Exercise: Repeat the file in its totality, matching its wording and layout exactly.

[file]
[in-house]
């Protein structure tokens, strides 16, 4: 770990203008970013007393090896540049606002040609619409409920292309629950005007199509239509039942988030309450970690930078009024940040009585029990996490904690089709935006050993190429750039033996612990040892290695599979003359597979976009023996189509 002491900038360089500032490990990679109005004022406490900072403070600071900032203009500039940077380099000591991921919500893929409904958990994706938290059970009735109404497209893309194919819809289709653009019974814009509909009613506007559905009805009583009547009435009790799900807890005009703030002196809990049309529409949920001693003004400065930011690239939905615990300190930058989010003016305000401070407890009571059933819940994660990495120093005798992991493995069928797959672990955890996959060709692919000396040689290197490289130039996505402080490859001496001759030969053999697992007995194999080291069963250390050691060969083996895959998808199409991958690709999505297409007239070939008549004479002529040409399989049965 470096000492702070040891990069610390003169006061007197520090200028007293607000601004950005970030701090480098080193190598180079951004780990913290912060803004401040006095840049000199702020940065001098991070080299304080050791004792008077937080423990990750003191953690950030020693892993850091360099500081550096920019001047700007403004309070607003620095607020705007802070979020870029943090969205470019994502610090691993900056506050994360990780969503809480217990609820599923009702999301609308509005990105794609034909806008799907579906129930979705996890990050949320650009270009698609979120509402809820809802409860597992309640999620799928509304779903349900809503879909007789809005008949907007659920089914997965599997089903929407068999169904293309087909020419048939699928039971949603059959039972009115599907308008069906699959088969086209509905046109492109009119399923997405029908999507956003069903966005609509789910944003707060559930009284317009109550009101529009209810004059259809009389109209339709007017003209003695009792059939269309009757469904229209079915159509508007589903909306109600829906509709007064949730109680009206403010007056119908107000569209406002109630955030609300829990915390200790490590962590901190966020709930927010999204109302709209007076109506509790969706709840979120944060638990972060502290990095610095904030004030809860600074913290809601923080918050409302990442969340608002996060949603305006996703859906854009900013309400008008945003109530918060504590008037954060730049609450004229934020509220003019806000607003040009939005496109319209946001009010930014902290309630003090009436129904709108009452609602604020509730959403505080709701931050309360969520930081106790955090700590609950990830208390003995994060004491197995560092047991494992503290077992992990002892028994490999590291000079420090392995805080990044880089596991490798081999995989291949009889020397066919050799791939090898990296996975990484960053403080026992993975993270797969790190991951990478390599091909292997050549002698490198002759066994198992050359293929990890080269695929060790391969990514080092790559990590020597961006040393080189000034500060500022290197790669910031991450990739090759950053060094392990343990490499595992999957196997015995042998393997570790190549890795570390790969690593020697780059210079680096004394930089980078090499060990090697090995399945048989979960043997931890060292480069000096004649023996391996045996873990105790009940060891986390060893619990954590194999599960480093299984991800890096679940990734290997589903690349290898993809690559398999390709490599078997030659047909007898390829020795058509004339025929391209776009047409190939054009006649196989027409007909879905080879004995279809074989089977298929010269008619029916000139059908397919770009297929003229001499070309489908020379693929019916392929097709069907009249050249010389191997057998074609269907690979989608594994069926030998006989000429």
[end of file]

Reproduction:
[in-house]
């Protein structure tokens, strides 16, 4: 770990203008970013007393090896540049606002040609619409409920292309629950005007199509239509039942988030309450970690930078009024940040009585029990996490904690089709935006050993190429750039033996612990040892290695599979003359597979976009023996189509 002491900038360089500032490990990679109005004022406490900072403070600071900032203009500039940077380099000591991921919500893929409904958990994706938290059970009735109404497209893309194919819809289709653009019974814009509909009613506007559905009805009583009547009435009790799900807890005009703030002196809990049309529409949920001693003004400065930011690239939905615990300190930058989010003016305000401070407890009571059933819940994660990495120093005798992991493995069928797959672990955890996959060709692919000396040689290197490289130039996505402080490859001496001759030969053999697992007995194999080291069963250390050691060969083996895959998808199409991958690709999505297409007239070939008549004479002529040409399989049965 470096000492702070040891990069610390003169006061007197520090200028007293607000601004950005970030701090480098080193190598180079951004780990913290912060803004401040006095840049000199702020940065001098991070080299304080050791004792008077937080423990990750003191953690950030020693892993850091360099500081550096920019001047700007403004309070607003620095607020705007802070979020870029943090969205470019994502610090691993900056506050994360990780969503809480217990609820599923009702999301609308509005990105794609034909806008799907579906129930979705996890990050949320650009270009698609979120509402809820809802409860597992309640999620799928509304779903349900809503879909007789809005008949907007659920089914997965599997089903929407068999169904293309087909020419048939699928039971949603059959039972009115599907308008069906699959088969086209509905046109492109009119399923997405029908999507956003069903966005609509789910944003707060559930009284317009109550009101529009209810004059259809009389109209339709007017003209003695009792059939269309009757469904229209079915159509508007589903909306109600829906509709007064949730109680009206403010007056119908107000569209406002109630955030609300829990915390200790490590962590901190966020709930927010999204109302709209007076109506509790969706709840979120944060638990972060502290990095610095904030004030809860600074913290809601923080918050409302990442969340608002996060949603305006996703859906854009900013309400008008945003109530918060504590008037954060730049609450004229934020509220003019806000607003040009939005496109319209946001009010930014902290309630003090009436129904709108009452609602604020509730959403505080709701931050309360969520930081106790955090700590609950990830208390003995994060004491197995560092047991494992503290077992992990002892028994490999590291000079420090392995805080990044880089596991490798081999995989291949009889020397066919050799791939090898990296996975990484960053403080026992993975993270797969790190991951990478390599091909292997050549002698490198002759066994198992050359293929990890080269695929060790391969990514080092790559990590020597961006040393080189000034500060500022290197790669910031991450990739090759950053060094392990343990490499595992999957196997015995042998393997570790190549890795570390790969690593020697780059210079680096004394930089980078090499060990090697090995399945048989979960043997931890060292480069000096004649023996391996045996873990105790009940060891986390060893619990954590194999599960480093299984991800890096679940990734290997589903690349290898993809690559398999390709490599078997030659047909007898390829020795058509004339025929391209776009047409190939054009006649196989027409007909879905080879004995279809074989089977298929010269008619029916000139059908397919770009297929003229001499070309489908020379693929019916392929097709069907009249050249010389191997057998074609269907690979989608594994069926030998006989000429």